St. Louis Cardinals center-fielder Harrison Bader is expected to return April 24 after a brief spell on the IL for hamstring tightness. Should Mike Shildt return the slick-fielding and popular Bronxville Bomber to his starter role, despite the fact that all three current outfielders are providing superior offense?
Unsurprisingly, Harrison Bader was the starting center-fielder for your St. Louis Cardinals on Opening Day. Cardinals Hall of Famer Lou Brock recently called Bader the spark-plug of the team, someone who should play regardless of whether he is hitting. His return to the 25-man roster thus might normally create anxiety with Dexter Fowler, Marcell Ozuna and Jose Martinez all mashing in Bader’s absence.
But it need not be. Fortunately, there is a solution that makes logical sense: platoon Bader and Fowler in center field and make Bader the late-inning defensive replacement par excellence against righties. Of course, with left-handers making up 20% of starting pitchers, this means Fowler will get the lion’s share of the starts.
Fowler is a switch hitter with a career .290 batting average against left-handers and .253 average against righties. But in recent years, coinciding with Fowler’s struggle to find himself at the plate in a Cardinal uniform, those numbers have begun to reverse themselves.
In 2017, he was .252 against lefties and .268, against righties. In 2018, he was .161 against left and .185 against right. This year so far, as his bat has begun finding the ball a lot more (though not driving in runs), the split has become even more pronounced: .214 vs. .340.
Meanwhile, Bader is showing the classic split of a free-swinging right-hander: .250 against left, .161 against right, which is pretty close to his career split of .304 v. .231. But with Bader batting only .179 in 2019, plus possibly being hobbled by a hammy, can he really justify replacing any of the outfielders providing the hot hand?
If my idea of CF platoon is not accepted, then, pray tell, who should sit so that Bader can start?
Although Ozuna has only one hit in his last 12 AB, it is hard to say it is a slump because he has taken six walks in that span. What can’t be debated is that during the last road trip, Ozuna was on fire. Since foolishly climbing the outfield wall to create a ground rule double where there was none previously before, Ozuna has been taking his revenge on the opposing pitchers:
Indeed, Ozuna has solidified his role as clean-up hitter for the foreseeable future, and thus plays every day. So what about sitting Martinez for Bader?
Jose Martinez is a career .312 hitter, higher than the career average of anyone on the current Cardinals, Paul Goldschmidt included, by thirty points. This year he is hitting .355, which will be tops in the NL Central, after Martinez catches up on at-bats to qualify for the batting title. This is nothing new: he has actually led the team in AVG for three straight years (pace, not quite enough at-bats this year, or in 2017).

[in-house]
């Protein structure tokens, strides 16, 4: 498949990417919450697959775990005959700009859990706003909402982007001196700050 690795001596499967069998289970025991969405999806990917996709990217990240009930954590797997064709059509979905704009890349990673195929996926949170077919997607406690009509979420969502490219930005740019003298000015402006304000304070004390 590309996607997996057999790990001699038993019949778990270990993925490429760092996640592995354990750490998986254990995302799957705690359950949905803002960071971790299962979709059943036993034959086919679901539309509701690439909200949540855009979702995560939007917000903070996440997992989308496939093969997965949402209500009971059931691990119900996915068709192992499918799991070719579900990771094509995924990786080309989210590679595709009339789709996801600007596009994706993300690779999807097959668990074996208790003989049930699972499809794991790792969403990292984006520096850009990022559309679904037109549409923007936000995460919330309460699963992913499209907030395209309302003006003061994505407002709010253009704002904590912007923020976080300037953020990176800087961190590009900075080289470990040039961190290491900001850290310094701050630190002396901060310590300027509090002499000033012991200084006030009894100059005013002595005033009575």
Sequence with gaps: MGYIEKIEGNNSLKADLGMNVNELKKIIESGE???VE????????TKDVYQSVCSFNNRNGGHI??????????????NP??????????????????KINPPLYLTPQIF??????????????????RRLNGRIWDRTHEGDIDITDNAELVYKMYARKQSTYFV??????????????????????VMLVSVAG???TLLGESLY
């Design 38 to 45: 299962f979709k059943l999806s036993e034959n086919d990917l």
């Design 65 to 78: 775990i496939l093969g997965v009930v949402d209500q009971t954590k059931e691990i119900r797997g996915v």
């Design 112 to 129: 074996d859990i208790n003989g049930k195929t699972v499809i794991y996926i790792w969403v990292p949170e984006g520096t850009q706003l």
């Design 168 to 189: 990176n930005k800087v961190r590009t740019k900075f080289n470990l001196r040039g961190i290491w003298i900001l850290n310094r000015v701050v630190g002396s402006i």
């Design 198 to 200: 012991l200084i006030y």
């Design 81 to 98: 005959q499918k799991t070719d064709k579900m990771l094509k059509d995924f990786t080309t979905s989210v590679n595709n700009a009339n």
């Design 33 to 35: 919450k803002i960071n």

When does this guy finally get to play every day?
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Martinez is more of a power-hitter and run driver than Fowler, both historically and so far this year. Martinez has become the guy on the team whom, outside of Goldschmidt of course, you want up at the plate with the game on the line. Plus, both Ozuna and Martinez do not have platoon-worthy splits.
I realize that this creates one of the shakiest outfields defensively in all of baseball. But what can I say except offense plays? Your problems are only against right-handed pitchers too. Bader will be in there when the Cards face a lefty and in late innings with the game on the line. Although not having near the range of Bader, Fowler is a credible center-fielder who has played there for most of his career (indeed Baseball Reference still lists him as a center-fielder).
In late innings when the Cardinals are ahead, Fowler should slide over and take Martinez’s place. Shildt should return to a practice he was doing early on in the season of pulling Ozuna occasionally in the late innings for defensive reasons too. If Manager Mike looks at the spray chart of batters likely to face our relief squad and determine whether Fowler should slide to left for Ozuna or right for Martinez, the defense should be fine.
And this is all assuming that Bader’s hamstring is not compromising his fielding after he returns.
Bader is extremely popular with the fans. He is selling out whole sections near his position. Benching him – even partially – might cause front office heartburn, but the fruits of a postseason berth should be worth it. The Redbirds starting staff has not been exactly a quality-starts machine lately, so the Cards need to keep generating runs like they have until the staff settles down into its groove.
With this platoon, Fowler can focus on his left-handed swing and hopefully become the left-handed line-drive hitter the Cardinals have been craving for some time. Meanwhile, Bader will still be roaming his usual pasture quite often plus being available as a pinch runner which might finally jump-start his quest to repeat as team stolen base leader.
This platoon may not be best for the entire season, but for optimizing the current roster, this is a win-win for now.